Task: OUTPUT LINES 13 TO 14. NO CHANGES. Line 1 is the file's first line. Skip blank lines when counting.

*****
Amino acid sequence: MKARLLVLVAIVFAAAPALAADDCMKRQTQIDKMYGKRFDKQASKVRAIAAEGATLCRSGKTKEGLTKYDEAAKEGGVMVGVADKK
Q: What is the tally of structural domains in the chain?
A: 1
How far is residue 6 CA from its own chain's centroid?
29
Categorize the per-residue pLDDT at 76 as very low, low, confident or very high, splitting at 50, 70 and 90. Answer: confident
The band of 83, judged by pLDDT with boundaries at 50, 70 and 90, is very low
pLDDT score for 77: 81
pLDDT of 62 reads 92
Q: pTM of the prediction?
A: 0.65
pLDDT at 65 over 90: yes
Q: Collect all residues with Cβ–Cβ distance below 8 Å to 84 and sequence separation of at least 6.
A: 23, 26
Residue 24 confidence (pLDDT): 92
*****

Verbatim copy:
Q: Collect all residues with Cβ–Cβ distance below 8 Å to 84 and sequence separation of at least 6.
A: 23, 26